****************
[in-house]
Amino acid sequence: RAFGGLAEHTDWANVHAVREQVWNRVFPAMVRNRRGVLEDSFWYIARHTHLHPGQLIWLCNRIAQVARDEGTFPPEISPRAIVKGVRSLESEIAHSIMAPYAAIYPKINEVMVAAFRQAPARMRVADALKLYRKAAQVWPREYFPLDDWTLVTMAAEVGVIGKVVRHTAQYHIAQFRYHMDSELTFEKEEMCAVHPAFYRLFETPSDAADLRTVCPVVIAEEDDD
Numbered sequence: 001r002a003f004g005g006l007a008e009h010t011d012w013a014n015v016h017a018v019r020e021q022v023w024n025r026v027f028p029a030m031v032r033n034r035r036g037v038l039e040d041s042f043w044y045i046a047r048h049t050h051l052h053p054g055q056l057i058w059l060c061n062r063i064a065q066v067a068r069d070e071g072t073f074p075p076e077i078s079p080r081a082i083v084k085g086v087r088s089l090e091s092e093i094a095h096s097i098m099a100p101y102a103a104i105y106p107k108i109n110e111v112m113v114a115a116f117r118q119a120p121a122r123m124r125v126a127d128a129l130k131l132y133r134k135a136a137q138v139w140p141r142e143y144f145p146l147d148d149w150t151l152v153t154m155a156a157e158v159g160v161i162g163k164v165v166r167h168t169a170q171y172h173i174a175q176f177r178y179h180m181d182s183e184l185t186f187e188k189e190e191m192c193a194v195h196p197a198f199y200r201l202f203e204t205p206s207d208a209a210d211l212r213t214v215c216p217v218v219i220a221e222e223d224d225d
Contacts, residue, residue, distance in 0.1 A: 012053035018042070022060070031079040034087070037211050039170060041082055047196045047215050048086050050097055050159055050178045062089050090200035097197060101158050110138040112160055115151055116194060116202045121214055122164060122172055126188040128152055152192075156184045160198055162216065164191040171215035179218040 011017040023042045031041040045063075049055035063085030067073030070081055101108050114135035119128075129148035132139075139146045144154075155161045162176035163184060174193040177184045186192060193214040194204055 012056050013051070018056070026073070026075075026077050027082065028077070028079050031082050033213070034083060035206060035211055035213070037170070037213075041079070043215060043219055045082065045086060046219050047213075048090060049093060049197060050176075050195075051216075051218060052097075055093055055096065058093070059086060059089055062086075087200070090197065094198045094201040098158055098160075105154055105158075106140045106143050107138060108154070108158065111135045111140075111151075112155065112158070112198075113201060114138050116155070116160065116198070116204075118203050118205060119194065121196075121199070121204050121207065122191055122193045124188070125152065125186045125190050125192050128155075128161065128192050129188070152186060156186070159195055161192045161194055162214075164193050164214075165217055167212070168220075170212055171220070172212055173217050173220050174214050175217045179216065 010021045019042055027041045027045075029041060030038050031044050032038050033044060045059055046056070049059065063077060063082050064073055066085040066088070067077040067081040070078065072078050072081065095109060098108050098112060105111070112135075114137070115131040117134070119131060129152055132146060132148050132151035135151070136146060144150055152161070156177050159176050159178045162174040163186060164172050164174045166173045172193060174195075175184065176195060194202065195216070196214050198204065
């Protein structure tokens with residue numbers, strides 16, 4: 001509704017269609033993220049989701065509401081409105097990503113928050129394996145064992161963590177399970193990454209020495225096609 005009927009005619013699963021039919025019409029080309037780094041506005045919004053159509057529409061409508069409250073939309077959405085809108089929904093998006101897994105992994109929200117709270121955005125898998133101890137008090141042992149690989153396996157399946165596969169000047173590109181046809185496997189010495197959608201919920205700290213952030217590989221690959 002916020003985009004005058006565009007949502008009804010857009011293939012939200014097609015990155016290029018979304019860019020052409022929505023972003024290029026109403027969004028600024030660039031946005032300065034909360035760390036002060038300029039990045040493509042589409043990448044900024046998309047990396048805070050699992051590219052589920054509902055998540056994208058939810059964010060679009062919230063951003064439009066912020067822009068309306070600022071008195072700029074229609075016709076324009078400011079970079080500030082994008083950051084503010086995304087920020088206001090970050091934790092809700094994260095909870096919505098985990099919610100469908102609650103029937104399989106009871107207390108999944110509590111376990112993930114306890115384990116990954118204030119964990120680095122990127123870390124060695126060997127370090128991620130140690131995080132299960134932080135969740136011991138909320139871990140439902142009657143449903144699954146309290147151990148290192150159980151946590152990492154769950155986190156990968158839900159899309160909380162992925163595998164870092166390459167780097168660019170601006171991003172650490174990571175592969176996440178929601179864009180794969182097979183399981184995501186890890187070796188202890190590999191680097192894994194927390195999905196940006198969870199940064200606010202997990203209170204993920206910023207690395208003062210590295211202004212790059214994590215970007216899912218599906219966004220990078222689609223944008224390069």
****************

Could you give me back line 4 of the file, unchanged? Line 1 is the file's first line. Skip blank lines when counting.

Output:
Contacts, residue, residue, distance in 0.1 A: 012053035018042070022060070031079040034087070037211050039170060041082055047196045047215050048086050050097055050159055050178045062089050090200035097197060101158050110138040112160055115151055116194060116202045121214055122164060122172055126188040128152055152192075156184045160198055162216065164191040171215035179218040 011017040023042045031041040045063075049055035063085030067073030070081055101108050114135035119128075129148035132139075139146045144154075155161045162176035163184060174193040177184045186192060193214040194204055 012056050013051070018056070026073070026075075026077050027082065028077070028079050031082050033213070034083060035206060035211055035213070037170070037213075041079070043215060043219055045082065045086060046219050047213075048090060049093060049197060050176075050195075051216075051218060052097075055093055055096065058093070059086060059089055062086075087200070090197065094198045094201040098158055098160075105154055105158075106140045106143050107138060108154070108158065111135045111140075111151075112155065112158070112198075113201060114138050116155070116160065116198070116204075118203050118205060119194065121196075121199070121204050121207065122191055122193045124188070125152065125186045125190050125192050128155075128161065128192050129188070152186060156186070159195055161192045161194055162214075164193050164214075165217055167212070168220075170212055171220070172212055173217050173220050174214050175217045179216065 010021045019042055027041045027045075029041060030038050031044050032038050033044060045059055046056070049059065063077060063082050064073055066085040066088070067077040067081040070078065072078050072081065095109060098108050098112060105111070112135075114137070115131040117134070119131060129152055132146060132148050132151035135151070136146060144150055152161070156177050159176050159178045162174040163186060164172050164174045166173045172193060174195075175184065176195060194202065195216070196214050198204065